Shea Gilmour

Dorm etiquette: A letter to underclassmen

February 21, 2023

Last semester, Millis Hall experienced attempted arson around 2 a.m. on a Saturday night, displacing many students, according to a Dec. 7, 2022 Cynic article.

What this column aims to address is the root of these catastrophes.

It starts with the paper towels in the bathroom that people leave on the floor or the food left in the sink from washing dishes.

There is definitely slacking on the part of  those who have never lived in a shared space, or have never had to clean up after themselves. College is a new and exciting time where many people have freedoms they are not accustomed to.

However, being relatively unsupervised does not give anyone the go-ahead to completely disregard the fact that dorms are a shared space. 

To quickly preface the rest of this column, my point is not to reprimand or to be a “dorm mother” to anyone, but to try and help point out habits that can be obnoxious to the rest of the dorm. 

To start us off, let’s flush the toilets. I try to be brave and help out my own hallway when someone does not fulfill this responsibility. Taking a second to make sure you have completed all necessary tasks before leaving the bathroom may be able to mitigate this issue.

On the topic of toilets, it should also be emphasized that if you need to vomit, try to keep it in the bowl. 

“Last year, there were smashed pumpkins in our shower after Halloween [and] a coat covered in vomit sat in our hallway for three months,” said sophomore Elle Durst, a current Harris-Millis resident.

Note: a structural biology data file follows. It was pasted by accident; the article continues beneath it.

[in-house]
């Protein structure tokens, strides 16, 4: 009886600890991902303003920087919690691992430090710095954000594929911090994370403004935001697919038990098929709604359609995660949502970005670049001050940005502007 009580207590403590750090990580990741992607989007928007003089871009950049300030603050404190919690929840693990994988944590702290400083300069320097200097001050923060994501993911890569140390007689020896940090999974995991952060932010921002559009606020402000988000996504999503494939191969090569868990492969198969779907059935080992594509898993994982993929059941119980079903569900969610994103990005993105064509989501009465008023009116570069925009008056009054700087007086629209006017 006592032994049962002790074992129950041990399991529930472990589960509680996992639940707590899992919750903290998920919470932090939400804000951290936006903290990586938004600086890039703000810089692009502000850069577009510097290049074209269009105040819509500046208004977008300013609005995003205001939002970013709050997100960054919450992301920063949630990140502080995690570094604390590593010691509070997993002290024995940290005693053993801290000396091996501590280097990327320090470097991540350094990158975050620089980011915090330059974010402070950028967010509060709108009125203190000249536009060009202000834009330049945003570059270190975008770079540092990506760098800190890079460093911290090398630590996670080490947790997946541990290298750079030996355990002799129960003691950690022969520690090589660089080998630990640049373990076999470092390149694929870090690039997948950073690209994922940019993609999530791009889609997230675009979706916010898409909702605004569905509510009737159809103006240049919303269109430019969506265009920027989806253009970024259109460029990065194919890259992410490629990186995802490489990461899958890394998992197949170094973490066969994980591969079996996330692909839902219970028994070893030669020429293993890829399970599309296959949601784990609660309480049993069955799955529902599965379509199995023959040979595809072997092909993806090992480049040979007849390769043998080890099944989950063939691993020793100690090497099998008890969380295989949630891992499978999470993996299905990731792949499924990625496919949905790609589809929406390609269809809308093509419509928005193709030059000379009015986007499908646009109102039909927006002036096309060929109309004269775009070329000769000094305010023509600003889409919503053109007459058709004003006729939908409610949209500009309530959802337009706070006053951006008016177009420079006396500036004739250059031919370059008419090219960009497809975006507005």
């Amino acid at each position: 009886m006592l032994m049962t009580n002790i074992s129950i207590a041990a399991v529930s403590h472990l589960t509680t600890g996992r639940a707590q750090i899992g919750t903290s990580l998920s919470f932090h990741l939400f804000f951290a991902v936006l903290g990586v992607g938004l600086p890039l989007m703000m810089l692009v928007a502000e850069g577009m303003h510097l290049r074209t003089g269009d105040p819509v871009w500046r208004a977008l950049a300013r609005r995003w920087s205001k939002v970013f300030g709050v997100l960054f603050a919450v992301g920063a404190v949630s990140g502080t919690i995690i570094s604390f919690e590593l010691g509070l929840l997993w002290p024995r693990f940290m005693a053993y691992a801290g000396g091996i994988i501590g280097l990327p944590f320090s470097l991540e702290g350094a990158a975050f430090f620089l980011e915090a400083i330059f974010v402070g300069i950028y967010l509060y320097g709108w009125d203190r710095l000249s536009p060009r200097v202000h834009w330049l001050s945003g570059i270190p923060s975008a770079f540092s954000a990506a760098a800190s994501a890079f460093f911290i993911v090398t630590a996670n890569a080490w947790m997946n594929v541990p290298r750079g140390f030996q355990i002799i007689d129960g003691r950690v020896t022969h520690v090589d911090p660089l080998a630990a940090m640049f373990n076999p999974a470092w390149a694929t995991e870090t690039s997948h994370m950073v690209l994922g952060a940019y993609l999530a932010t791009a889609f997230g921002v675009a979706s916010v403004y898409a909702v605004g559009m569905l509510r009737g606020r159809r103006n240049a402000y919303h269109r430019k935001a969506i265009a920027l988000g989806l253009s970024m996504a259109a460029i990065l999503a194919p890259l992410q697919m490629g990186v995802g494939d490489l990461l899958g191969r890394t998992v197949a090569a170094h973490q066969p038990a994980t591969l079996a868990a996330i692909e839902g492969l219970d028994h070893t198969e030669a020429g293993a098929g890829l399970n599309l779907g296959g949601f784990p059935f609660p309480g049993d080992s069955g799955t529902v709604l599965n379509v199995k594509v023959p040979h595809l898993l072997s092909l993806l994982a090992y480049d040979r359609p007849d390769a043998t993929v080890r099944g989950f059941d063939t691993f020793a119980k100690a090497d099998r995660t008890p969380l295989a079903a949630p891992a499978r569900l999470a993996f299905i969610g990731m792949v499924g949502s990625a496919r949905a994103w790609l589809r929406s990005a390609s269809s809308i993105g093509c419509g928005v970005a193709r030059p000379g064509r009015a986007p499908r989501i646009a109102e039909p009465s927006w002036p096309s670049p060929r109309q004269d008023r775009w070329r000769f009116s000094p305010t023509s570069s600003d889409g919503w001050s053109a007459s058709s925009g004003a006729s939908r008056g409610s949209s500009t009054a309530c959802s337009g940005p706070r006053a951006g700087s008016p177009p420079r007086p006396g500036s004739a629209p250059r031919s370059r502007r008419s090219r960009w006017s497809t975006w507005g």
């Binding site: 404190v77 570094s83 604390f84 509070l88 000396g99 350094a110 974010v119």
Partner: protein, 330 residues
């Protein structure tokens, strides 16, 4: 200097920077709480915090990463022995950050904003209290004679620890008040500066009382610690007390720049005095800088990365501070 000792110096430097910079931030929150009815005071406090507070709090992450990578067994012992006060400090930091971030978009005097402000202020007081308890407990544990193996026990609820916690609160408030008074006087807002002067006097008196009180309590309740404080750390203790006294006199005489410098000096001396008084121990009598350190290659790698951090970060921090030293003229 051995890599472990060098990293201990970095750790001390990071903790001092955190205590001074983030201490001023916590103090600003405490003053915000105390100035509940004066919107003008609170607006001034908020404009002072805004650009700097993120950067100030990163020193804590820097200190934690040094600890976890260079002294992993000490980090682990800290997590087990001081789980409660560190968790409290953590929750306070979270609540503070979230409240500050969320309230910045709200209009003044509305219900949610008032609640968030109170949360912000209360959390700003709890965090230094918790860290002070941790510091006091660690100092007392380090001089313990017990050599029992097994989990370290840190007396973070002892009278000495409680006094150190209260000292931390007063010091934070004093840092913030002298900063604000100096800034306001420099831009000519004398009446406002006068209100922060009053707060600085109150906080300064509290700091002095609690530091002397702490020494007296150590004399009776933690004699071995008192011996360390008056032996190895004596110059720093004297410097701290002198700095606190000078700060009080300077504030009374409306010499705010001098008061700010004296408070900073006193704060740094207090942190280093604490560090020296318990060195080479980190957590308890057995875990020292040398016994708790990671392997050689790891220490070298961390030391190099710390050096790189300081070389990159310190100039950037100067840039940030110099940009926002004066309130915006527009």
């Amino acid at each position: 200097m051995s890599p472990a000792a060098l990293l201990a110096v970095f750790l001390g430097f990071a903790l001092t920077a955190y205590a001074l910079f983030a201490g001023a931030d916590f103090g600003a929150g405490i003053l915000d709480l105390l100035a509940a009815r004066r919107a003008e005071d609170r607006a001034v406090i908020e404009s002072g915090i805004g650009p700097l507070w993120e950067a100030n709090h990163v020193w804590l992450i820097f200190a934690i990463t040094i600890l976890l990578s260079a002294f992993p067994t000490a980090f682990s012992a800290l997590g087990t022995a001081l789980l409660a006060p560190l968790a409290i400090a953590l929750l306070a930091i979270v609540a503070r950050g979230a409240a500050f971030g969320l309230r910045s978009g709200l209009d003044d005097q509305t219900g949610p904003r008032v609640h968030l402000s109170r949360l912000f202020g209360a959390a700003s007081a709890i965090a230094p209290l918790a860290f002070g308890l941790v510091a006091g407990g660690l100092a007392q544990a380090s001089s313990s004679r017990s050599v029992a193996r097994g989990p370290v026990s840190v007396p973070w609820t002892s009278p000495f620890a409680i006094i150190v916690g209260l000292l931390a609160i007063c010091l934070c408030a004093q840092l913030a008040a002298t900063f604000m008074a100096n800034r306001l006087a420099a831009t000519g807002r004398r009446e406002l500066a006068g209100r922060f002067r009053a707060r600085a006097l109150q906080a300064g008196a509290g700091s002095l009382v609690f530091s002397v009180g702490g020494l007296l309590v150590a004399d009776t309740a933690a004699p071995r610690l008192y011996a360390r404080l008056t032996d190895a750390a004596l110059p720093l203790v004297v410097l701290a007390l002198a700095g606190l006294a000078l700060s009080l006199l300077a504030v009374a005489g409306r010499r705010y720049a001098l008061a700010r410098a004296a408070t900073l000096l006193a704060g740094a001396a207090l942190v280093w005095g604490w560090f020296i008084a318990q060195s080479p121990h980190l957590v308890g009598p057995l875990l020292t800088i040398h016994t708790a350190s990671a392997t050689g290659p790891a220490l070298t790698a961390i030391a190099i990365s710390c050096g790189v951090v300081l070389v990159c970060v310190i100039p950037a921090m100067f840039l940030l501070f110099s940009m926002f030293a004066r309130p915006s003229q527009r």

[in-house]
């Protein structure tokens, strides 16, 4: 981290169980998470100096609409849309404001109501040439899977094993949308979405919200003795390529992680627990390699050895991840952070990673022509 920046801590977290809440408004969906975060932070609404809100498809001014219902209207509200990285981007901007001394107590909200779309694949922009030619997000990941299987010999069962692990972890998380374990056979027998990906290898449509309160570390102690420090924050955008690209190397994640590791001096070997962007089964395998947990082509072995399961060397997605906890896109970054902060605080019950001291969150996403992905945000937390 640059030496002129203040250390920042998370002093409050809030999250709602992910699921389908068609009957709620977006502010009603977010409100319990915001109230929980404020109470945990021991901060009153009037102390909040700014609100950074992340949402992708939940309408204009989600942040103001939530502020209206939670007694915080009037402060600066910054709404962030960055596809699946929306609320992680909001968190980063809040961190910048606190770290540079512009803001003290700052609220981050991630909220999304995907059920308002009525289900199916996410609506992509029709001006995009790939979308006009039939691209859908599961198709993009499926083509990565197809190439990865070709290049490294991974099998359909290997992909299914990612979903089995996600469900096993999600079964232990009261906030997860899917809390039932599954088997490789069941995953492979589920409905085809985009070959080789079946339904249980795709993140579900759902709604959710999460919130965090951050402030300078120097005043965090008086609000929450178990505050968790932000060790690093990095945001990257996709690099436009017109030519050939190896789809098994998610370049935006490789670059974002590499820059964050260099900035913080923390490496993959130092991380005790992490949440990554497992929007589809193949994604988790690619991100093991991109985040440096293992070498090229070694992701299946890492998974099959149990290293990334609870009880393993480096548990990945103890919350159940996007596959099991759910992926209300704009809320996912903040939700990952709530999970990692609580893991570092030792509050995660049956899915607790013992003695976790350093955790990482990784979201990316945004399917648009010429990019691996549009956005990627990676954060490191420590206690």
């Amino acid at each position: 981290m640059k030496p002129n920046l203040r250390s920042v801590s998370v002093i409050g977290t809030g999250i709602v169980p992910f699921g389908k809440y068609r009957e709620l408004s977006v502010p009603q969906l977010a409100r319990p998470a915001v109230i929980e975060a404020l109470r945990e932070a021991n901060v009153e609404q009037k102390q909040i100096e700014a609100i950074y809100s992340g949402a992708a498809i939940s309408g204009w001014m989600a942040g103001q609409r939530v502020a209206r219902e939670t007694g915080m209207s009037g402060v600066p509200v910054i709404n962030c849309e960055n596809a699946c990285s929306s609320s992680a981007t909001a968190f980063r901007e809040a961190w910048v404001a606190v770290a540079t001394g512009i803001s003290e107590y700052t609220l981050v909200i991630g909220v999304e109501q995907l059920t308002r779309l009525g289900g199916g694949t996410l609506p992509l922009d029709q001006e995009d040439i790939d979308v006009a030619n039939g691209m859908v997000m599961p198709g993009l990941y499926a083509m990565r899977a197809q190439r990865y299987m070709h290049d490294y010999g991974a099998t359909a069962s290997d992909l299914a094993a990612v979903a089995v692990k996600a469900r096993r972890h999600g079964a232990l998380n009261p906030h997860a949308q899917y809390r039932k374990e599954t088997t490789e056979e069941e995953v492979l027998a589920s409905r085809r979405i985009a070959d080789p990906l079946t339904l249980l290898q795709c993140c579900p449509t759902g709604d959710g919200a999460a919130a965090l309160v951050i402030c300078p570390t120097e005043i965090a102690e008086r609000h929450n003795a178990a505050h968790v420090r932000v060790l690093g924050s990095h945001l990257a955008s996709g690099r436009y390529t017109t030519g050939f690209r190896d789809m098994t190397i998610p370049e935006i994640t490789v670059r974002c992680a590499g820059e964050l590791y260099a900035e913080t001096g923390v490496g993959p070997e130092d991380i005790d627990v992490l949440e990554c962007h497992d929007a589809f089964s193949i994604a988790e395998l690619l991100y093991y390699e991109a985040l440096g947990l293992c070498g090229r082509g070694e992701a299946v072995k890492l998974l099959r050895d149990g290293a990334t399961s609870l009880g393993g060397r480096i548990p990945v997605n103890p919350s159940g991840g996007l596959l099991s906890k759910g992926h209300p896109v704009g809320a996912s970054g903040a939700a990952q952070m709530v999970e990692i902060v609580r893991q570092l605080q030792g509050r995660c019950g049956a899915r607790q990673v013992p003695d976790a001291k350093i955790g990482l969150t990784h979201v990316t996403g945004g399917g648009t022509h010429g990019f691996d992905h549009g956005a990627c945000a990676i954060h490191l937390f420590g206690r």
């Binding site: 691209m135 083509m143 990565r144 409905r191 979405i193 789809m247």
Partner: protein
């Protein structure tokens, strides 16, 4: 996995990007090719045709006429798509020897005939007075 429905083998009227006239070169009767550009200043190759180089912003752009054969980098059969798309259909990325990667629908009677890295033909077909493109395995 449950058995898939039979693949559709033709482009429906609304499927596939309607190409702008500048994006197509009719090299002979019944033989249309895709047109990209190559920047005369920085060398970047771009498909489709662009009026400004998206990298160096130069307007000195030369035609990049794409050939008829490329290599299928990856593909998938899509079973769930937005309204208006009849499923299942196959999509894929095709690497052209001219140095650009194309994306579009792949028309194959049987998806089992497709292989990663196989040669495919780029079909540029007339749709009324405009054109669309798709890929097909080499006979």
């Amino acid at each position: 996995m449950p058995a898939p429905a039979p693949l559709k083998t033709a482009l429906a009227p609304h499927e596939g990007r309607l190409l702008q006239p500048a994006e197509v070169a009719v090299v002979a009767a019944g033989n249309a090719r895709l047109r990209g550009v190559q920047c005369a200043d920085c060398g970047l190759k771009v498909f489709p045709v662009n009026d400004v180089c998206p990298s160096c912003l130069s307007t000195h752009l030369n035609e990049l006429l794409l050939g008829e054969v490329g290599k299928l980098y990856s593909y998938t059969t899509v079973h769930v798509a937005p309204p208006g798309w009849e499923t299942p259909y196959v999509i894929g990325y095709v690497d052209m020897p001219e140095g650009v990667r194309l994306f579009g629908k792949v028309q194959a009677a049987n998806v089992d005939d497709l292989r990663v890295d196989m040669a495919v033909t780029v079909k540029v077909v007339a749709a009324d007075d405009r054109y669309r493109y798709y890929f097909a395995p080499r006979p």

This is gross. Let’s do better. 

Next, if you’re washing dishes, please scoop the food out of the drain once you’re done. I’ll admit I have personally been a perpetrator of this infraction in the past.

I’m gagging at even writing this, but we’ve all gone to wash our faces in the morning to be confronted by mushy ramen or mysterious substances in the sink.

Fortunately, we don’t clean these public spaces, but UVM custodial staff has to. The least we can do is try to make their jobs slightly easier.  

On that note, if you bump into them, be nice and say “hi.”

Okay, enough bathroom talk. 

To all of my second, third and fourth floor residents, we have a special responsibility, which can be especially hard at the beginning of the school year. 

Listen, I understand rearranging the room sometimes has to happen. That being said, keep it to during the day when people aren’t trying to wind down and sleep. If this isn’t possible, try your best to keep the noise brief. 

Last year, I had an upstairs neighbor that bounced what I think was a ball for an hour every night at around 10 p.m., along with moving furniture. This is a perfect example of poor dorm etiquette.

I understand I’m making it sound like people were just having sex, but I can assure you it distinctly sounded like one of those overly-bouncy rubber balls.

Call me lame for wanting to go to sleep that early or to study that late, but nevertheless, the consistent ball-bouncing and scratching from furniture was torturous. 

One final thing that is truly annoying and just blatantly dumb is the consistent destruction of dorm property, specifically after a Friday or Saturday night.

Going out on the weekends is almost a right of passage in college, however it does not need to end in damaging all public property within a one-mile radius.

“There were 67 property offenses during the 2020-21 school year. This number was raised to 159 in the 2021-22 school year,” stated a Feb. 9 Cynic article.

There’s a particular window in Millis Hall that I’ve seen broken several times this school year already. 

My remedy to this issue would be to simply not break it. 

I understand people aren’t perfect. Someone sometimes genuinely forgets to flush, needs to un-loft their bed because they realized how inconvenient it is for their roommate, or has a crazy night out and has no choice but to let it all go.

Whatever it is, just try to be mindful of the other people living in your dorm building. It’s only two years.

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